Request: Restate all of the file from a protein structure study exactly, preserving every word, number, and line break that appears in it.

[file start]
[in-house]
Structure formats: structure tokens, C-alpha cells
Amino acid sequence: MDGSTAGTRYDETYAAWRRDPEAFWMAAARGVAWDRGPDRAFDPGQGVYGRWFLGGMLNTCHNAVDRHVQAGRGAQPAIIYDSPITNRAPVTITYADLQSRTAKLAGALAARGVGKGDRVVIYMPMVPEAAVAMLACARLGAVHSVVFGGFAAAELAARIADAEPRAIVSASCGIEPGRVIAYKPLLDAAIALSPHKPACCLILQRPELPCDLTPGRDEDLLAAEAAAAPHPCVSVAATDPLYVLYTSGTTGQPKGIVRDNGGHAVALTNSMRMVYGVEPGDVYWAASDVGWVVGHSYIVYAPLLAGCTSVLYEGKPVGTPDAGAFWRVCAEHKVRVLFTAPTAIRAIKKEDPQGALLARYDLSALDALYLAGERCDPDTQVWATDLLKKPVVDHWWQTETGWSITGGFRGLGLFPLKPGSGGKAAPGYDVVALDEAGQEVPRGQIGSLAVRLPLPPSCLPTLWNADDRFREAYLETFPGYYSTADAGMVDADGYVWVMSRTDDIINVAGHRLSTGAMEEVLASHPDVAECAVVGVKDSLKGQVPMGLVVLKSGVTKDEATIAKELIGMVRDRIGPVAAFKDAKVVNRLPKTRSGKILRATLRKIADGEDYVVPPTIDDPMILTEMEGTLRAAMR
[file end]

[in-house]
Structure formats: structure tokens, C-alpha cells
Amino acid sequence: MDGSTAGTRYDETYAAWRRDPEAFWMAAARGVAWDRGPDRAFDPGQGVYGRWFLGGMLNTCHNAVDRHVQAGRGAQPAIIYDSPITNRAPVTITYADLQSRTAKLAGALAARGVGKGDRVVIYMPMVPEAAVAMLACARLGAVHSVVFGGFAAAELAARIADAEPRAIVSASCGIEPGRVIAYKPLLDAAIALSPHKPACCLILQRPELPCDLTPGRDEDLLAAEAAAAPHPCVSVAATDPLYVLYTSGTTGQPKGIVRDNGGHAVALTNSMRMVYGVEPGDVYWAASDVGWVVGHSYIVYAPLLAGCTSVLYEGKPVGTPDAGAFWRVCAEHKVRVLFTAPTAIRAIKKEDPQGALLARYDLSALDALYLAGERCDPDTQVWATDLLKKPVVDHWWQTETGWSITGGFRGLGLFPLKPGSGGKAAPGYDVVALDEAGQEVPRGQIGSLAVRLPLPPSCLPTLWNADDRFREAYLETFPGYYSTADAGMVDADGYVWVMSRTDDIINVAGHRLSTGAMEEVLASHPDVAECAVVGVKDSLKGQVPMGLVVLKSGVTKDEATIAKELIGMVRDRIGPVAAFKDAKVVNRLPKTRSGKILRATLRKIADGEDYVVPPTIDDPMILTEMEGTLRAAMR